Despite the inclement weather, Memorial Day services went on across Northampton County on Monday, May 27. The Sons of Veterans of the Grand Army of the Republic, Captain Theodore H. Howell Camp No. 48, continued its 114-year-long tradition of honoring the fallen by visiting 10 cemeteries throughout the Northampton area, including the Allen Union Cemetery in Northampton Borough. 

Due to rain, services at the cemetery were moved indoors and held at Grace United Church of Christ on Lincoln Avenue. Richard Webster, superintendent of Allen Union Cemetery, offered the welcome message and invocation.

Webster, joined by members of the community, honored the fallen men and women who have “given their lives so that we may stand here and still live in freedom.” 

“Those that are gone have created a clear path,” he said. “Take their memories, take their dreams, and walk forward.”

The Sons of Veterans then recited the Gettysburg Address before honoring the fallen with a rifle salute and a performance of “Taps” and “The Star-Spangled Banner” by the Tri-Community Marching Band. The marching band also performed “Nearer, My God to Thee” and “O Beautiful for Spacious Skies,” while Eugene Kutzler performed a bagpipe solo. 

The morning’s keynote address was delivered by Northampton Borough Manager LeRoy Brobst.

“Those who do not learn from history are doomed to repeat it,” he said. “And mankind has not learned. As I speak, there are probably people on this globe dying from war.”

A Vietnam veteran, Brobst received his selected service letter in 1967. He followed in the footsteps of his father, a World War II veteran, who passed away when Brobst was nine from a service-related disability. 

“We are obligated as living members to remember those who have fallen,” Brobst continued.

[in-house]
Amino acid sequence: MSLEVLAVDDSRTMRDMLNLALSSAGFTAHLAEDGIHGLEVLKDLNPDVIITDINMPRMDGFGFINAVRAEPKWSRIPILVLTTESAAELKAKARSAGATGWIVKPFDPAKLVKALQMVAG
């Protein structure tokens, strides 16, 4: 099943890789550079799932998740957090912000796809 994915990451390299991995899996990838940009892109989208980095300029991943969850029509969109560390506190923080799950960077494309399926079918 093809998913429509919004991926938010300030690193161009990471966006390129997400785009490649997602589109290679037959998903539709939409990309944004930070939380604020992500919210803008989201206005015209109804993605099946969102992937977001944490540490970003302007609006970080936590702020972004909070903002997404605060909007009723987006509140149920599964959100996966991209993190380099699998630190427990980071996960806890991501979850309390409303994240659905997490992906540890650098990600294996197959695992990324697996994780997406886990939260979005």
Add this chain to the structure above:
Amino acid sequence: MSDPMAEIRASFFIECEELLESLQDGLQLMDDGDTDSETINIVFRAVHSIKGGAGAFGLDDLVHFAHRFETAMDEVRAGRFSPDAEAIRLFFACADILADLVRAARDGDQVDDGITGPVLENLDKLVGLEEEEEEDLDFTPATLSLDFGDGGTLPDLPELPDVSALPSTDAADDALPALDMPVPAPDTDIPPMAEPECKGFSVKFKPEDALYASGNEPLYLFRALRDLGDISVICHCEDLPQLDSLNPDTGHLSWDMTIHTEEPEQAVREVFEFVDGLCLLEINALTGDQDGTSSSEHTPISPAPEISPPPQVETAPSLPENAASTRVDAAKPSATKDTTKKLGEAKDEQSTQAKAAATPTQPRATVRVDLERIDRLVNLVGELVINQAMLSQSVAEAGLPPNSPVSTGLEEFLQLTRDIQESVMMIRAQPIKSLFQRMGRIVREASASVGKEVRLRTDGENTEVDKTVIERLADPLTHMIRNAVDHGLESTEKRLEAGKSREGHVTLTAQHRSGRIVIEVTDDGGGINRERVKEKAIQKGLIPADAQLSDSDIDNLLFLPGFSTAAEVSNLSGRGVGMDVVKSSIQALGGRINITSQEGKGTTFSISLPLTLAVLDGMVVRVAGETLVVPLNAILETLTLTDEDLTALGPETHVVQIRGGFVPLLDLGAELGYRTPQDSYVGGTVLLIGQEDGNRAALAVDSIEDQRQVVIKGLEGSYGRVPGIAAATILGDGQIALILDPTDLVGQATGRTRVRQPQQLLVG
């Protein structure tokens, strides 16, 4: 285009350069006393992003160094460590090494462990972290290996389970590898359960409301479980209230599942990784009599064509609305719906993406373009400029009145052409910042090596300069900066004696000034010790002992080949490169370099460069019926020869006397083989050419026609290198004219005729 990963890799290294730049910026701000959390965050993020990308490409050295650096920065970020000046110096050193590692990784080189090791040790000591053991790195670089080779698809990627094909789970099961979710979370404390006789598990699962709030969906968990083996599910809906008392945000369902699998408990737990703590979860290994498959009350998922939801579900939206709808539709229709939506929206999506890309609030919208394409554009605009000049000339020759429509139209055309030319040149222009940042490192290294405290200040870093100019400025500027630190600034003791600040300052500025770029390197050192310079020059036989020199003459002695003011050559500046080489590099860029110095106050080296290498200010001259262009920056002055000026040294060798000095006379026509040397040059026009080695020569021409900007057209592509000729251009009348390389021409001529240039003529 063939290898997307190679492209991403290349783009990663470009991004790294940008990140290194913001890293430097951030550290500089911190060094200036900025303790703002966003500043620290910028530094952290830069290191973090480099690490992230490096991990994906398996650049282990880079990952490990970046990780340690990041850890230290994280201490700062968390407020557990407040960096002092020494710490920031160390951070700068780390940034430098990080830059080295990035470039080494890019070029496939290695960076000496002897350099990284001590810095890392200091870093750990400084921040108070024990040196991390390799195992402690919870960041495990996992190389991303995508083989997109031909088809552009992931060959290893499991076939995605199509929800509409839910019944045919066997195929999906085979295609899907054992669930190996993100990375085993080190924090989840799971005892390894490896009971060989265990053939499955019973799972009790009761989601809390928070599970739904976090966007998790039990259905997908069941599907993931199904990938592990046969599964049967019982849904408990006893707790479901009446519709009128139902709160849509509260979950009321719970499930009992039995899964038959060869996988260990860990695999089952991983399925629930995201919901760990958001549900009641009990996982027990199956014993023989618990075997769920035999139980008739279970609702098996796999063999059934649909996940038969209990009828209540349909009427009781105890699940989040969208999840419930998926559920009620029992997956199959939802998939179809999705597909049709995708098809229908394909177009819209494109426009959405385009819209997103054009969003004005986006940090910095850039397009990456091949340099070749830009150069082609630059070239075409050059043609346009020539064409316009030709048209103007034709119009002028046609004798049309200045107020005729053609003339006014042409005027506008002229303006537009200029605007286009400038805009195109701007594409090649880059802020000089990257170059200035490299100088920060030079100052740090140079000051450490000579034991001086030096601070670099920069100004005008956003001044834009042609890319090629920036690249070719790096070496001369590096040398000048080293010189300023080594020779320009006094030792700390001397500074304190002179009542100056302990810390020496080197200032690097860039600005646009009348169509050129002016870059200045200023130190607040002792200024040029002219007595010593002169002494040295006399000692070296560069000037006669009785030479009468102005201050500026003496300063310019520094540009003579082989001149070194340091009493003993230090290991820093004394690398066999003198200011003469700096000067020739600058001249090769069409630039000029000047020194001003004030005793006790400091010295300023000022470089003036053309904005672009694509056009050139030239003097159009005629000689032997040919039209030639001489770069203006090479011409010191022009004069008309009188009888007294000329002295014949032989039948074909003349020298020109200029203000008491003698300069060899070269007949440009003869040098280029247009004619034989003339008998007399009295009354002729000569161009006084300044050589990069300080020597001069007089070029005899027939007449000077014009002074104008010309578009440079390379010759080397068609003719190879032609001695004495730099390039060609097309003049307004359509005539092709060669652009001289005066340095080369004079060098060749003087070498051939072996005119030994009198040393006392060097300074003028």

While Brobst said he could not imagine what soldiers in the Civil War or World War II went through, he stated, “I can imagine what it was like to be under a mortar attack and having people running here and there and dropping.”

“I don’t know their names, but I will never forget their sacrifice,” he said. “I do not know how we can ever repay these people.”

But they were not the only ones who made a sacrifice. Brobst shared the story of his mother, who suffered greatly not knowing whether her son would return. She was admitted to the Allentown State Hospital during his service, and he was unable to take leave to visit her.

“I would have you leave here today thanking not just the veterans…but the families they left behind.”

On a weekend often celebrated with shopping, barbecues and beach getaways, Brobst, Webster and the Sons of Veterans reminded those in attendance that these freedoms would not be possible if not for the sacrifices of America’s armed forces and their families. And we have a duty as well, a duty to walk forward on the path they have created.

Said Webster in his benediction: “We must continue to carry the burden of their sacrifice.”


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